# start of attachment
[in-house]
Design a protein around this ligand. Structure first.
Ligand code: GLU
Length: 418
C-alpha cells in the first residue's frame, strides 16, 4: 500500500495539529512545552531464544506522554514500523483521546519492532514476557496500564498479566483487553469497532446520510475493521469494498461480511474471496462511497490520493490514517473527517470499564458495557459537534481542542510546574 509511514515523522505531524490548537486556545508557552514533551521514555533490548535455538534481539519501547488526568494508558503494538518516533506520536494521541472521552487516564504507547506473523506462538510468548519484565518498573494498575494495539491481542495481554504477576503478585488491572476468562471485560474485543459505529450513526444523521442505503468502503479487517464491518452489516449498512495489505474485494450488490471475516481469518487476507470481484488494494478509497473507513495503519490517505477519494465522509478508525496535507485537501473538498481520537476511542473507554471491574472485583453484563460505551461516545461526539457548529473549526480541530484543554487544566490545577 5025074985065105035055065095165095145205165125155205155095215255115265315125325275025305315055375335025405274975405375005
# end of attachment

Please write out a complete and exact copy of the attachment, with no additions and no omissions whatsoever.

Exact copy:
[in-house]
Design a protein around this ligand. Structure first.
Ligand code: GLU
Length: 418
C-alpha cells in the first residue's frame, strides 16, 4: 500500500495539529512545552531464544506522554514500523483521546519492532514476557496500564498479566483487553469497532446520510475493521469494498461480511474471496462511497490520493490514517473527517470499564458495557459537534481542542510546574 509511514515523522505531524490548537486556545508557552514533551521514555533490548535455538534481539519501547488526568494508558503494538518516533506520536494521541472521552487516564504507547506473523506462538510468548519484565518498573494498575494495539491481542495481554504477576503478585488491572476468562471485560474485543459505529450513526444523521442505503468502503479487517464491518452489516449498512495489505474485494450488490471475516481469518487476507470481484488494494478509497473507513495503519490517505477519494465522509478508525496535507485537501473538498481520537476511542473507554471491574472485583453484563460505551461516545461526539457548529473549526480541530484543554487544566490545577 5025074985065105035055065095165095145205165125155205155095215255115265315125325275025305315055375335025405274975405375005